Sweden : NATO's silent partner?
Keys, James E. Jr.
Looney, Robert E.
Burke, David P.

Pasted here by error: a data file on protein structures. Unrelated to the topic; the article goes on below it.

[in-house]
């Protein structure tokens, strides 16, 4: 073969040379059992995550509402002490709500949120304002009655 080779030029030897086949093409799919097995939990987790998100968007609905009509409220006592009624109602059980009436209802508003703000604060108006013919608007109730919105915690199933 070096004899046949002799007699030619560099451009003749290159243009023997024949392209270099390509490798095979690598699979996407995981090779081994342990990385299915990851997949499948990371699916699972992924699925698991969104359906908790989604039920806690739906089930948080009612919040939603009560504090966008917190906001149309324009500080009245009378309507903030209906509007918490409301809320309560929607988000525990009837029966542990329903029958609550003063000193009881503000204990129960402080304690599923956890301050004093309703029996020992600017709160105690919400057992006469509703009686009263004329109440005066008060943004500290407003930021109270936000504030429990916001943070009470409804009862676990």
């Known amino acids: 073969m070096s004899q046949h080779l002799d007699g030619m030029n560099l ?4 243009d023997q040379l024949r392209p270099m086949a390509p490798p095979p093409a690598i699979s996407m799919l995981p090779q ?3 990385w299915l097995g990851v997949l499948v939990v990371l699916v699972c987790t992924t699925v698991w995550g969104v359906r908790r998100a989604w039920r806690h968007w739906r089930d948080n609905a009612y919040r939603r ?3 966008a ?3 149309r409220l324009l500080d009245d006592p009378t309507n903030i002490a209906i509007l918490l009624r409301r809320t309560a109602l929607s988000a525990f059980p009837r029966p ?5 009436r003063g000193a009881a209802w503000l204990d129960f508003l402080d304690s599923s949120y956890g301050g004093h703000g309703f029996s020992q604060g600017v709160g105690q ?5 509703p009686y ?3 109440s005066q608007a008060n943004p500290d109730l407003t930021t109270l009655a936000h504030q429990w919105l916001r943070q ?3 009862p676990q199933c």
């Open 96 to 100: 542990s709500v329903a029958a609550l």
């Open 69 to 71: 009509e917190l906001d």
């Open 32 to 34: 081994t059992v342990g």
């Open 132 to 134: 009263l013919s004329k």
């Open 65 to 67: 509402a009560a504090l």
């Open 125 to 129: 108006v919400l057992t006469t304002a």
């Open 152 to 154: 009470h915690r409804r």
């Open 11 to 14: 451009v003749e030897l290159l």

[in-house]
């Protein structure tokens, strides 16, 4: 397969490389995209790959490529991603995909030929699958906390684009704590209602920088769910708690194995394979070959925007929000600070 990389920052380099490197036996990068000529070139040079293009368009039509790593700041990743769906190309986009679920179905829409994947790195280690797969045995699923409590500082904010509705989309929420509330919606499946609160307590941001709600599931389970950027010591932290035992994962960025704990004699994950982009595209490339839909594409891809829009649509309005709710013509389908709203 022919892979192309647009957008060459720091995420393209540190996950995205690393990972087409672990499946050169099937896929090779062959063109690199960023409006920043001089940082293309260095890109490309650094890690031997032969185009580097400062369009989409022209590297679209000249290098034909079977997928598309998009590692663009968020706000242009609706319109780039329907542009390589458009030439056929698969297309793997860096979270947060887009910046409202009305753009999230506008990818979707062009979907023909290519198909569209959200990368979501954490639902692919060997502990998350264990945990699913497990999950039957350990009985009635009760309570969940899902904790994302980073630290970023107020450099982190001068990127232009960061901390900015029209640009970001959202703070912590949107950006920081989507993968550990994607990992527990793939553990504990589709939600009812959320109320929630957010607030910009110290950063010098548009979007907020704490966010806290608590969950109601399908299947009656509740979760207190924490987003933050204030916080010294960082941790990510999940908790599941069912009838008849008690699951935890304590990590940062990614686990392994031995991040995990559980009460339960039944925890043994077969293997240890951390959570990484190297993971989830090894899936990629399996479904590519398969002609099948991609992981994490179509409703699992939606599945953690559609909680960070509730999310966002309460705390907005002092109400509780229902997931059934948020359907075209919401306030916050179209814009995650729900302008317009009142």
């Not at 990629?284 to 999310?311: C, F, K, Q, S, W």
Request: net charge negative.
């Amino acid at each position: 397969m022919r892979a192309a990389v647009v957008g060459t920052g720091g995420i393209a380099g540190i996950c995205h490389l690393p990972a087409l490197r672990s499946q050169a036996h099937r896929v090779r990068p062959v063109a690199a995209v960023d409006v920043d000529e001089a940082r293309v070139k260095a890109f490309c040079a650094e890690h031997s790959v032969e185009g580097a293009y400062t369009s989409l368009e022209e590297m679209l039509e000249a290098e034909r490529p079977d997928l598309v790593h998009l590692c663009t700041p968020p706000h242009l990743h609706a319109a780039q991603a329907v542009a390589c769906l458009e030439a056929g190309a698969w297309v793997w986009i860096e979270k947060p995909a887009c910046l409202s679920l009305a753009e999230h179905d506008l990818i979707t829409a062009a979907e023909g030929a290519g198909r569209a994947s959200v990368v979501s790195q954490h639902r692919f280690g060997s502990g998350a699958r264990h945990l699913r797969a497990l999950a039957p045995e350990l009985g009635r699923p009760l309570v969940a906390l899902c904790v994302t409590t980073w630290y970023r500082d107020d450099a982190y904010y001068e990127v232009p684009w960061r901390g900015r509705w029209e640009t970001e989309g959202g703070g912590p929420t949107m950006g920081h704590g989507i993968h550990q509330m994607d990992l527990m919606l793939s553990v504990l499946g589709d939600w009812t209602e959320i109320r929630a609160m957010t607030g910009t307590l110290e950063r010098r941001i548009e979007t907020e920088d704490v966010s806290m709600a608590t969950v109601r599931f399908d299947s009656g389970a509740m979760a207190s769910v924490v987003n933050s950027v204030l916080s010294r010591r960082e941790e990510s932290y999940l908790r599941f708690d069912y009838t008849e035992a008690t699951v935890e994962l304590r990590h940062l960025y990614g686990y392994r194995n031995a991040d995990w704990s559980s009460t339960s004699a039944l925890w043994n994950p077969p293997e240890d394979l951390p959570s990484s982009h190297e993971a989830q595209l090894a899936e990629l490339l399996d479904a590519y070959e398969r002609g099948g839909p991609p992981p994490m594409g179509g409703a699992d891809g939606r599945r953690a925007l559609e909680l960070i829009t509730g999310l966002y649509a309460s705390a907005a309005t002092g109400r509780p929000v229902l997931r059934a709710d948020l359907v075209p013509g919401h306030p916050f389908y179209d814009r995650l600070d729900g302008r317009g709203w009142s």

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In 1949 Sweden elected not to join NATO and declared a security policy which remains in effect today: nonalignment in peace, neutrality in war. To conduct this policy, Sweden must have a credible deterrent. In this context, the defense doctrine is one of "total defense," in which all aspects of Swedish society (military, civilian, economic) are coordinated in a total effort to ensure the survival of the nation. But the doctrine may not be effective without the support of outside forces, and some Swedish military planners admit that they rely on NATO support within seven days of any outbreak of hostilities with the Warsaw Pact, making Sweden a "trip- wire" for NATO. This paper examines the Swedish defense doctrine in terms of military force structure, framed in the political debate of the past decade. It discusses the difficulties facing Sweden in regard to modernizing her armed forces, and suggests that Sweden is now, and will continue to be, a silent partner in NATO.
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